I believe that in death you are healthy now, and truly able to be a happy little girl.
I believe that one day I'll see you again and this time you'll run to my arms and be
able to say my name. I believe that the ache of your loss will never go away, but
that it will only cause my love for you to grow and make our new time together that
I love you so much, Princess. This letter is my hug to you ... for the time being,
until I can hold my baby girl again.
Wednesday, March 31, 2010
I still can't believe that you are gone. That you are no longer walking this earth. You were such a strong force. You were so so passionate about everything you believed in. You were also extremely sensitive and prone to lashing out at those closest to you. We remained friends, though. For 19years. I have mixed feelings because we had so many great times together and you also brought a great deal of stress and anxiety to my life. I learned a lot hanging out with you.
Mostly what I want to say, though, is that I'm sorry that I never came to see you after you were diagnosed with cancer. It was so soon after the scathing email you sent about how you felt I was screwing up my child badly by not putting her in school. For me, that was the last straw. No need to go on being friends when you attack my child. But, then, you sent the email about your diagnosis and surgery. I figured you were recovering and doing fine. About a year later I found out you were receiving at home care and found out you weren't doing so well. I had thoughts of coming to see you, making up..forgiving...I thought I had more time to think it over... It is so hard for me because on one hand, I know I did the right thing with cutting ties after the things you said. But, I do wish I visited just once to say goodbye. I'm sorry that I never came.
Sunday, March 28, 2010
Tuesday, March 23, 2010
but that was it. There have been moments when I
have been able to look through the peep hole.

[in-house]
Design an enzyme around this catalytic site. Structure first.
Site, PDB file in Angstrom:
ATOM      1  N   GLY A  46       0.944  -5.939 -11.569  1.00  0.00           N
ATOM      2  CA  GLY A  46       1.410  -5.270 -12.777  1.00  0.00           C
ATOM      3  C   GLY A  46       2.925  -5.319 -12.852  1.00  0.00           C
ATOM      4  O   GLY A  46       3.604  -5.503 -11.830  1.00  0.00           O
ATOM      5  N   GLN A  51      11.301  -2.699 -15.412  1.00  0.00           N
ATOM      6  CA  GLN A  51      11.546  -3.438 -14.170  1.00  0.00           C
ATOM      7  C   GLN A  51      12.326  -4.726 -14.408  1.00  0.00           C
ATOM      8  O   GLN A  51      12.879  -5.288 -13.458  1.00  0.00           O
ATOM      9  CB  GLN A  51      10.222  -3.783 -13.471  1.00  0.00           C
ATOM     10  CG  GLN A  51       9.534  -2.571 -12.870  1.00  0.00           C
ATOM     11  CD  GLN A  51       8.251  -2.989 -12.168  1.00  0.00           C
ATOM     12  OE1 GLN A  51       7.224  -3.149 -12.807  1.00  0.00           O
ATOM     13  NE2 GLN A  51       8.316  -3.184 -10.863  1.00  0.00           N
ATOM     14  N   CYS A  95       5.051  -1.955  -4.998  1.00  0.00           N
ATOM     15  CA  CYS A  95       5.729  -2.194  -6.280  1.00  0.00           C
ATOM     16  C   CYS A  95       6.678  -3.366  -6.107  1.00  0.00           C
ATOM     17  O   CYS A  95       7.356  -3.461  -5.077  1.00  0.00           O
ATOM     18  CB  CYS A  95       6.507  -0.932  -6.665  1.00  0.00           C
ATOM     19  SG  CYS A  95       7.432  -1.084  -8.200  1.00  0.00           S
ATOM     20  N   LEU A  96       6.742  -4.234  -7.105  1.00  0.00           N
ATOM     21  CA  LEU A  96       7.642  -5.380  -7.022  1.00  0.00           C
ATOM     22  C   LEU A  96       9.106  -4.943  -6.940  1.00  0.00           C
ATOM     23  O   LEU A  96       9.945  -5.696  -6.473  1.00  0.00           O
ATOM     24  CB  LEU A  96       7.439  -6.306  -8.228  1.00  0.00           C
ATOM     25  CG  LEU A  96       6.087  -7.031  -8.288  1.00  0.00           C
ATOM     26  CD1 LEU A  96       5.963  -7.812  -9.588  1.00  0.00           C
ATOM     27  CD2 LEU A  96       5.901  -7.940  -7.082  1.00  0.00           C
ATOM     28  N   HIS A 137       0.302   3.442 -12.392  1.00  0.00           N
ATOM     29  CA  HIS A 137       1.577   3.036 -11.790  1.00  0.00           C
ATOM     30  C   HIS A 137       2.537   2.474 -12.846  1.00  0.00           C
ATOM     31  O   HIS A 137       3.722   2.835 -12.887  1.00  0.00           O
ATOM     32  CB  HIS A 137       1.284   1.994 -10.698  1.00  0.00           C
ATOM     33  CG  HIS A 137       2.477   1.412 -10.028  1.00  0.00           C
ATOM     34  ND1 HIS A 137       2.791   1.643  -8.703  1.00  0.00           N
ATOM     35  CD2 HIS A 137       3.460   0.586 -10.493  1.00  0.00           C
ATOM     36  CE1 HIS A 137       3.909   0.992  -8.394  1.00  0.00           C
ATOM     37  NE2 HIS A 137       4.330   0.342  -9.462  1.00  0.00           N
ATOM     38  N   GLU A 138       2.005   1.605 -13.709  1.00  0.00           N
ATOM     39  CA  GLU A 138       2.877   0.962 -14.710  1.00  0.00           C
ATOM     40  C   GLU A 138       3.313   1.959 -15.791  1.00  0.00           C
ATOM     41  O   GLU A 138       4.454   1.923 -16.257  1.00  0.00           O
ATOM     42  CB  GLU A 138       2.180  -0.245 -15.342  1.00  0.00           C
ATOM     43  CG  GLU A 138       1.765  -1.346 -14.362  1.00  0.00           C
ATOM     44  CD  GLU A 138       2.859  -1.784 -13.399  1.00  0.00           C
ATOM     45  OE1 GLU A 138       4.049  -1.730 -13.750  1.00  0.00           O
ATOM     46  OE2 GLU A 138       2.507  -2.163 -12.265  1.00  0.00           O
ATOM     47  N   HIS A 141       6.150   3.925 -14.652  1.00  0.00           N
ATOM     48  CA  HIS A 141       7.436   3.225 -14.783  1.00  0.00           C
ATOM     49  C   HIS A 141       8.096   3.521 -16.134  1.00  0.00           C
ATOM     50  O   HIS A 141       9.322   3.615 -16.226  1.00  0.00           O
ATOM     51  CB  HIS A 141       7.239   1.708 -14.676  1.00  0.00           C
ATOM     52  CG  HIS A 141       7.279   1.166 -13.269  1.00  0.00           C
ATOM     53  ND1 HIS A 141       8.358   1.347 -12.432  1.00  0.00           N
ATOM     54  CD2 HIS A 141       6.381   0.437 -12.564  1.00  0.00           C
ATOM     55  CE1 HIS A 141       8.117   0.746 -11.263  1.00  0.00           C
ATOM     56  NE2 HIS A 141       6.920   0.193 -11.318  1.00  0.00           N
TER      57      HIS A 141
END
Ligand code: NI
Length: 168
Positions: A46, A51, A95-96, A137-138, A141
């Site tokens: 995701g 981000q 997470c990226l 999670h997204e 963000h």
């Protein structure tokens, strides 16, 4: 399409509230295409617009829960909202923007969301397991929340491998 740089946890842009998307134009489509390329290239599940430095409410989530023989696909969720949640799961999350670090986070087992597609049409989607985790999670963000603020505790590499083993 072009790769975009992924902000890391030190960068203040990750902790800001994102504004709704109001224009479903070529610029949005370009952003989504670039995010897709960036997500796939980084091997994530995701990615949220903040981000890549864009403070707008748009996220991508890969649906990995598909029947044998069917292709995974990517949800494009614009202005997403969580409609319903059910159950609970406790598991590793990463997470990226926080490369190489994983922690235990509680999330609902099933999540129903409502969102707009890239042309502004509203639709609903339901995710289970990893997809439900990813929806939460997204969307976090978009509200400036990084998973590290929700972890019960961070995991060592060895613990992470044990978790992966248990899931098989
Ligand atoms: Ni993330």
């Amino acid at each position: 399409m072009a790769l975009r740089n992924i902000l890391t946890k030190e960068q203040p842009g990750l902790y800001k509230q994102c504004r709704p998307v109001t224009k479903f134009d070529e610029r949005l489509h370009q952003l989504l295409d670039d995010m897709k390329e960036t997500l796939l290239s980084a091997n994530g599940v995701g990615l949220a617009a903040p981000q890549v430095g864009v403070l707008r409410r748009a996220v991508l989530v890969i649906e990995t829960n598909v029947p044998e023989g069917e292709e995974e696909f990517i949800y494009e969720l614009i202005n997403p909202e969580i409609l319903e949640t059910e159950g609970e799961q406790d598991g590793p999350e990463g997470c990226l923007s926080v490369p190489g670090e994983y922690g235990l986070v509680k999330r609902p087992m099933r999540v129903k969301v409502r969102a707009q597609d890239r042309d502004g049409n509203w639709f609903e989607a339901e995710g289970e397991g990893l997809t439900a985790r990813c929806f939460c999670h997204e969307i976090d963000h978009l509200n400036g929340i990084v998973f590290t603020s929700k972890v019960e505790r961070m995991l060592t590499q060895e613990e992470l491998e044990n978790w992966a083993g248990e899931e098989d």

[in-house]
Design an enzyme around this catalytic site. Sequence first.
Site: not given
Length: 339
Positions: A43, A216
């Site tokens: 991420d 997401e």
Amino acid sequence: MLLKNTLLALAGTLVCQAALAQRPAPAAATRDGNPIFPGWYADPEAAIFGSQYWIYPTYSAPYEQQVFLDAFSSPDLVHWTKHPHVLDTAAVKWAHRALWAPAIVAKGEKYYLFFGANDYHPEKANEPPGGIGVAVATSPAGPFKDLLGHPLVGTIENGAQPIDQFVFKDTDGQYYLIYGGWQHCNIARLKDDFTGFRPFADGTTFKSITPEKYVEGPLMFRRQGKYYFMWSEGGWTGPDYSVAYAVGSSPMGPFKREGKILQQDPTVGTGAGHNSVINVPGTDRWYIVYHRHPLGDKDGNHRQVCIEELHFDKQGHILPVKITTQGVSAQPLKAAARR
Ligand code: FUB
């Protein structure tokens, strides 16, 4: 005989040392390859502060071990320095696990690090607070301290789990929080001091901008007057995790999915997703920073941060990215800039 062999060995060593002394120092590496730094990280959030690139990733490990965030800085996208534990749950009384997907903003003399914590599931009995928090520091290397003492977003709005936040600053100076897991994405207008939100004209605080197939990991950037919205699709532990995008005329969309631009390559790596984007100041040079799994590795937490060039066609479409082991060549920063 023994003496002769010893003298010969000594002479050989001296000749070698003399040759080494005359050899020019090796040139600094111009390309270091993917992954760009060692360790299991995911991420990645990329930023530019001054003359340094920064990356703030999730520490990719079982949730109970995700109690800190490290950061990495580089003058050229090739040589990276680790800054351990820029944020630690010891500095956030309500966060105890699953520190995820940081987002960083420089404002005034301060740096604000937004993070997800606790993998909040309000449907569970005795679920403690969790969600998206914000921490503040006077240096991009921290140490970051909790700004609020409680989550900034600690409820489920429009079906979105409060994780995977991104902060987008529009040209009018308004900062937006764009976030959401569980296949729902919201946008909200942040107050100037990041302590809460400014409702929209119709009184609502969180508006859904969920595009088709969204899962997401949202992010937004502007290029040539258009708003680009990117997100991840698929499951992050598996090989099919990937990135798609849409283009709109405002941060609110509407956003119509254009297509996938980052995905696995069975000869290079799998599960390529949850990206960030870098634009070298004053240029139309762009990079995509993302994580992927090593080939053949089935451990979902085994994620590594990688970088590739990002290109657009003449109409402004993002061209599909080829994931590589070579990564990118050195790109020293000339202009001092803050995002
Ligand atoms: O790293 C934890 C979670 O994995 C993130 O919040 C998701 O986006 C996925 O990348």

easier to deal with your death. First, the month leading
up to you dying was filled with so much love.
To see your face when you found out how many people
I will hold close. It was amazing to see your face
when you saw how loved you were.
of Alzheimer’s is a gift to us all.
That you know I married a loving man is so special to me.
That you set that bar so high is, too.
my babies. They all love you so much. To hear each
of their special memories of you gives
and take my breath away. I see you in the kids. Especially Declan.
here than I did with you here is staggering. I miss you so much.
Saturday, March 20, 2010
I'm sorry I didn't say goodbye, not having the courage to see you so ill and face the harsh reality of the situation has haunted me every day for nearly 16 years. Everyone tells me that you adored me and that I was Daddy's Girl from the start. I have to rely on the stories and memories of others because I have none of my own. I was so successful at burying the painful memories of my childhood that I've buried the good ones as well.
There are several pictures of you in the house, but my favorite is in the kitchen where I spend much time. You are smiling and look so happy. Every time I think of you that is the image that comes to mind.
I went to the cemetery (again) a few months ago, but that has always felt so staged and unnatural. Your shell may be there but YOU aren't. Writing this letter (while prompted and invited) feels so much more organic. Maybe this is what I was supposed to have done all along.